Friday, April 29, 2011

Linocut Carving and Block Printing: Inks, Surfaces, Suppliers and Blocks-Oh My!

As anyone who follows me knows, when I first started writing this blog, I did a two-part tutorial on how to design, print and carve a basic linocut (basically a rubber stamp of your own design).  Part one can be found here and part two can be found here.   Today I am going to add a little bit of information to that, getting more into the kinds of inks and blocks I prefer to use as well as a few more tips and tricks on how to pull a good print.

INKS: Oil versus Water Based.
Technically, you could print with whatever type of ink/liquid you could find. You could use a stamp pad, color on your linocut with a marker (though you'd probably have to move fast), stamp it in beet juice, paint it with india ink, whatever.  However, traditionally, either an oil-based or water-based block printing ink is used.  These tend to be heavier, almost a gluey consistency and give a  very slightly raised texture to your printing due to the thickness of the ink. This makes it easy to roll them right on to the block with a brayer (harder to do with thin liquids).  The big difference is oil-based will be permanent and waterproof and is harder to clean p (you'll have to use mineral spirits or turpentine).  Water-based will wash off your block, your hands, your brayer and whatever else you got it on with water.  I personally use water-based because I love easy cleanup and hate chemicals.  The main reason I could imagine using oil-based is to print on textiles, in which case I would use a screenprinting ink, which are easily cleaned up with soap and water.

SURFACES: Not Just Paper....
Like with inks, I highly recommend experimenting.  As mentioned above, you can use textile screenprinting inks on fabrics.  You can print on cards (as I do).  There are a variety of block-printing papers, but you could use anything you can get your hands on, from good old computer paper to handmade paper you put together yourself.  The key thing to remember is, the more textured the paper, the more speckled your print will be, as the ink will have a harder time getting into each nook and cranny.  I personally like this look and the cards on which I print and slightly textured, making each print truly individual.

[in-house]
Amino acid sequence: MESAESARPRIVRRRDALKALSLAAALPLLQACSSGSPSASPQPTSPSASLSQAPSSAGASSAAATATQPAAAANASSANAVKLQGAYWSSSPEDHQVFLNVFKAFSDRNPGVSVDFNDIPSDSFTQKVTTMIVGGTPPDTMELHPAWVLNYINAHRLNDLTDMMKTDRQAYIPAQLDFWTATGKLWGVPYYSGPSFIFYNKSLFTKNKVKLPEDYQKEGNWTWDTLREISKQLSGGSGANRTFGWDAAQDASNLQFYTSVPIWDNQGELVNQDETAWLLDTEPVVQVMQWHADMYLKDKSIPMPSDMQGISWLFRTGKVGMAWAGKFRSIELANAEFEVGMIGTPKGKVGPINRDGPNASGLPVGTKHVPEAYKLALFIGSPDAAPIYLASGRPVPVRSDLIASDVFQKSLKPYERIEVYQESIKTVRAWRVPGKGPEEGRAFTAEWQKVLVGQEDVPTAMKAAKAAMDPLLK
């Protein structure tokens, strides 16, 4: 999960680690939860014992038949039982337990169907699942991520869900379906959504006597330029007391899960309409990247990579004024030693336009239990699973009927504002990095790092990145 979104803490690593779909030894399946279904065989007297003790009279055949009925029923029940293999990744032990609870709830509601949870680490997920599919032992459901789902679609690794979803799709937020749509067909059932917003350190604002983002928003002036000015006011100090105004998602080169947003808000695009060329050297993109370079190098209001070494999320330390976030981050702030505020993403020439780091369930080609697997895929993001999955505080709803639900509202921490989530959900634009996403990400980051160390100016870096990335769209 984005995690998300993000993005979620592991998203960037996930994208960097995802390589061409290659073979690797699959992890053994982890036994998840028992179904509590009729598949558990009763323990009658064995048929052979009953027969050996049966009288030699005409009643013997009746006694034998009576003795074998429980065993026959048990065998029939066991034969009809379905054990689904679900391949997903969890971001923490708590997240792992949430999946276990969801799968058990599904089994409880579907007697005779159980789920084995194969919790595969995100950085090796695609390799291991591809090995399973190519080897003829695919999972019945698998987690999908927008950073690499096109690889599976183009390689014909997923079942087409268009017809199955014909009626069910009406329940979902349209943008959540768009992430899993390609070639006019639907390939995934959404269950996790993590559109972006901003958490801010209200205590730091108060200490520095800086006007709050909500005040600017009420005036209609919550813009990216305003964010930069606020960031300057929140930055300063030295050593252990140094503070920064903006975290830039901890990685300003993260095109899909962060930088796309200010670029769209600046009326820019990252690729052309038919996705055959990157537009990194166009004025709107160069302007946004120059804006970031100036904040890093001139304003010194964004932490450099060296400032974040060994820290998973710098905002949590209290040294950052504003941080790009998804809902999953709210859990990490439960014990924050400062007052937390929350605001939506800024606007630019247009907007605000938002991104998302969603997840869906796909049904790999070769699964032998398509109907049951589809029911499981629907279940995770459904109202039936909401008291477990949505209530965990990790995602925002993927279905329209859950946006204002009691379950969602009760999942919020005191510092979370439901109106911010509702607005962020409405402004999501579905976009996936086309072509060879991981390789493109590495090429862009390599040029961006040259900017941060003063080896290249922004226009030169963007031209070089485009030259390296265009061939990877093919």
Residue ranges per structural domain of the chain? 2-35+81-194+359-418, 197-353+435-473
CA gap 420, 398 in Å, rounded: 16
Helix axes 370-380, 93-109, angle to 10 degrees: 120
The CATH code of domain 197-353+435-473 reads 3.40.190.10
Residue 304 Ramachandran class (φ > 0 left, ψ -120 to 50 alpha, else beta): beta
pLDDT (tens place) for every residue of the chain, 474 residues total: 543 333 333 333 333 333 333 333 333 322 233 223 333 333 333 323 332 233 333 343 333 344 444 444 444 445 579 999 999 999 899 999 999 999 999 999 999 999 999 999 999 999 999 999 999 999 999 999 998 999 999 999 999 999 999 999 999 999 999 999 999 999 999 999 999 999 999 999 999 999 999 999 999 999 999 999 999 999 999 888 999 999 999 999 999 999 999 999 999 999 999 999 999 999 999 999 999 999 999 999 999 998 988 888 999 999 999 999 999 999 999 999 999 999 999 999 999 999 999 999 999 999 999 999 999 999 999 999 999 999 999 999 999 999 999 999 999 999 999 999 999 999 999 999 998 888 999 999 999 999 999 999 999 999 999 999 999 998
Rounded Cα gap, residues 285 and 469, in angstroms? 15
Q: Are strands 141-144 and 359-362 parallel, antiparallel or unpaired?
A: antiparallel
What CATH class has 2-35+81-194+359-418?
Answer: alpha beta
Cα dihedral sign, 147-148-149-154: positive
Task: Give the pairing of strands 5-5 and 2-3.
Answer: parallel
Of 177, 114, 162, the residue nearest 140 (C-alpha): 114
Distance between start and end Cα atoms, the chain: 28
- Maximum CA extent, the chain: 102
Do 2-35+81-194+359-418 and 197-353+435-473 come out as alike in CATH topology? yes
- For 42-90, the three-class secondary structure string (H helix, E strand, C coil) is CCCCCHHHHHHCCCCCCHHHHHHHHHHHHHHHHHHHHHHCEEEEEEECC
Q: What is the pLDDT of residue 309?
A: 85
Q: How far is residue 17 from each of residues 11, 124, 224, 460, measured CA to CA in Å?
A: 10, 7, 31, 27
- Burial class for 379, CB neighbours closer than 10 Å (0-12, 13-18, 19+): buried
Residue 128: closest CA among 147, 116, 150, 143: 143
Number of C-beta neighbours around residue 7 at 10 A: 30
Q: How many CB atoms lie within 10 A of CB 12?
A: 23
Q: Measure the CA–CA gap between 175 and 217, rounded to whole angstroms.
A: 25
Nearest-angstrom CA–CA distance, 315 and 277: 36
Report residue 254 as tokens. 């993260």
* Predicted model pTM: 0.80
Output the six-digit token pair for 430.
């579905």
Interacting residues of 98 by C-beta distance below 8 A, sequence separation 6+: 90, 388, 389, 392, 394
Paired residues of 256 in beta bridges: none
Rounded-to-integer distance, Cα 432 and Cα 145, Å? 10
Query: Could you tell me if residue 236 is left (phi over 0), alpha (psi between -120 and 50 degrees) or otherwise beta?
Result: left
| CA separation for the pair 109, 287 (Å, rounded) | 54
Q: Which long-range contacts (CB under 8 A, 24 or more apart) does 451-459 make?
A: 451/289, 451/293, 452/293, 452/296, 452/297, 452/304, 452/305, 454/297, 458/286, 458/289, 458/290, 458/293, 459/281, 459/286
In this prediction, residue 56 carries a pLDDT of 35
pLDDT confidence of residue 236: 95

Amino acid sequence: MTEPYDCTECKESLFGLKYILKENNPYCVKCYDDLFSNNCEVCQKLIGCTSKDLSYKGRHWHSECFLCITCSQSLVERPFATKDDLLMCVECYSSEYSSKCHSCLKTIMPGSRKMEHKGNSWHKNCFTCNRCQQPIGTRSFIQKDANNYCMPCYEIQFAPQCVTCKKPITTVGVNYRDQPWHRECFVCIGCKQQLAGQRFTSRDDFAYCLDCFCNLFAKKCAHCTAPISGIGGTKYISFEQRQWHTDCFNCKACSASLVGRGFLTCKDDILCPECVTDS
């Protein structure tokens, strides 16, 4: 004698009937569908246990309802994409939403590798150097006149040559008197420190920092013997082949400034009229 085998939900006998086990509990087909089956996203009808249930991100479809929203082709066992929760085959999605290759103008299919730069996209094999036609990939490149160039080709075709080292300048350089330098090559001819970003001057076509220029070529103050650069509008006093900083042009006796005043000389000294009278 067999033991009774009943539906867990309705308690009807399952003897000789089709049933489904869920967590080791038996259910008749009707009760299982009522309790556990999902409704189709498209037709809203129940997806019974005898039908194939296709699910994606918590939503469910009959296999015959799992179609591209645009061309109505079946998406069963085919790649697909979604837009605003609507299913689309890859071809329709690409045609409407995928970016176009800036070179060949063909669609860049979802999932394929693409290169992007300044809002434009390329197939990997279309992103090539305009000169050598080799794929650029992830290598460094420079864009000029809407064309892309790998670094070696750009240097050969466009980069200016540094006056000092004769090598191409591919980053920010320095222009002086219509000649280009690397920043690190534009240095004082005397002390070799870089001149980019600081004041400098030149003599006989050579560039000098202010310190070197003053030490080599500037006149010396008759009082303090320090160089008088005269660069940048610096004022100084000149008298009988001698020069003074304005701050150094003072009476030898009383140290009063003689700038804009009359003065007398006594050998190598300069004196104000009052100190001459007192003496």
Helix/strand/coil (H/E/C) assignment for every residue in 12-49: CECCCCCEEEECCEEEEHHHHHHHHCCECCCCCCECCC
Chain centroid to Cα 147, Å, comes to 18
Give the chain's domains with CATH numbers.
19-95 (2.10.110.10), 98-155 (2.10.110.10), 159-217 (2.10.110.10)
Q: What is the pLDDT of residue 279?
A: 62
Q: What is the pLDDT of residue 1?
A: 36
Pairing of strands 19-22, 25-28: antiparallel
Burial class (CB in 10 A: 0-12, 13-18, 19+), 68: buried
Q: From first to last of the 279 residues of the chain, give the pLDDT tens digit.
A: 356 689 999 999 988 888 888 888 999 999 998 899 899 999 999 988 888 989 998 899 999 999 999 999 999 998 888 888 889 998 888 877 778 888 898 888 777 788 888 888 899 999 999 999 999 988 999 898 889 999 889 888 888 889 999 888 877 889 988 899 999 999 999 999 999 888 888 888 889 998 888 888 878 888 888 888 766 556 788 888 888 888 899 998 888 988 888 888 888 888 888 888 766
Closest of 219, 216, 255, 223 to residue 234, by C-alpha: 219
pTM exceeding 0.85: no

I even had one person ask me if it would be possible to block print on her walls as a wallpaper-replacement. I really believe it would, using a large block, housepaint and a lot of patience.  Once again, the possibilites are limitless.

BLOCKS: Things You Need to Know
Okay, obviously I'm running out of creative ideas for section titles, but aside from that there are basically four different kinds of blocks: Unmounted, mounted, easy-cut and regular linoleum.  These kind of overlap, as you can get regular linoleum either mounted or unmounted on an plywood block, though I've never seen easy-cut mounted, you can often get it in thick (for carving both sides) or thin for just carving one.  If I am doing a more intricate design that I want to print in a long series, I carve it on mounted linoleum.  The mounting makes it easier to grip when picking up and printing and (I believe) helps the carving last longer since it has a firm backing.   The regular linoleum is harder to carve (that's where the hair dryer mentioned in my tutorial comes in), but it's going to hold a finer detail, and won't bend, crack or crumble as easily.  The soft-cut has a rubbery consistency but is good for simple designs that you want to carve quickly.  Your blade will run through it like butter. On the downside of that, you can also accidentally cut right through it and if you fold it in half, it might very well break.